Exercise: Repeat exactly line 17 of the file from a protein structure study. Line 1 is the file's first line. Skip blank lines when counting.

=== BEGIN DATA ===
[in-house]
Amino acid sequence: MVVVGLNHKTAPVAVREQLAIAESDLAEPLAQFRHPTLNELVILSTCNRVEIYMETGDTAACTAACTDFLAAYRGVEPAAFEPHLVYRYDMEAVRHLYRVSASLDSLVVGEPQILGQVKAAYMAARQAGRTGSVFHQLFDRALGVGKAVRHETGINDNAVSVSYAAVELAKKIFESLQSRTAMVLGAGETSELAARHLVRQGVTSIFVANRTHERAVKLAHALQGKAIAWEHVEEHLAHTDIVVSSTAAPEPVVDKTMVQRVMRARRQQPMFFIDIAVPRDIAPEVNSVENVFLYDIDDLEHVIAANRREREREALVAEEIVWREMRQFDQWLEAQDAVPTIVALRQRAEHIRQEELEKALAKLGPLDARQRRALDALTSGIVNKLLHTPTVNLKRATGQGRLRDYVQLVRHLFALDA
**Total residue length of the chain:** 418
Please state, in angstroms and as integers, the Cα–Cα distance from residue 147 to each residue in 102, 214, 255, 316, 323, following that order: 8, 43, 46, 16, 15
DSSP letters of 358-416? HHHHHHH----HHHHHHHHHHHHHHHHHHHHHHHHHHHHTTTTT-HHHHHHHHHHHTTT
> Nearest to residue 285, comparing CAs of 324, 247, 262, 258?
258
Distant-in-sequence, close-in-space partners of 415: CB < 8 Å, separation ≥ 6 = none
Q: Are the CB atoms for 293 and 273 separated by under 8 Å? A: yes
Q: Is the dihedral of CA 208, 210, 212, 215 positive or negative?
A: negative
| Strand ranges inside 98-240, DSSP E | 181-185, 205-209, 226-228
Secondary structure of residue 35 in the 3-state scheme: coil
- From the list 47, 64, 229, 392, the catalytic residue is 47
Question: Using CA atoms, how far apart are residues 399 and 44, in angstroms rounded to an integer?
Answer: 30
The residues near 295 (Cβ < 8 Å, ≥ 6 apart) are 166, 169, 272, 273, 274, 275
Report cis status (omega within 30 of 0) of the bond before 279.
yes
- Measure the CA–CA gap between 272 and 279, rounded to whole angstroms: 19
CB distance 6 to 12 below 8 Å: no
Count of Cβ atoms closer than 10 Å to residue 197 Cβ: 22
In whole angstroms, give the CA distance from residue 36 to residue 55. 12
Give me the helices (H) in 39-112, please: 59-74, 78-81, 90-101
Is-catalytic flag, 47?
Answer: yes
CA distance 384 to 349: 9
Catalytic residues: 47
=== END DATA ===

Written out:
The residues near 295 (Cβ < 8 Å, ≥ 6 apart) are 166, 169, 272, 273, 274, 275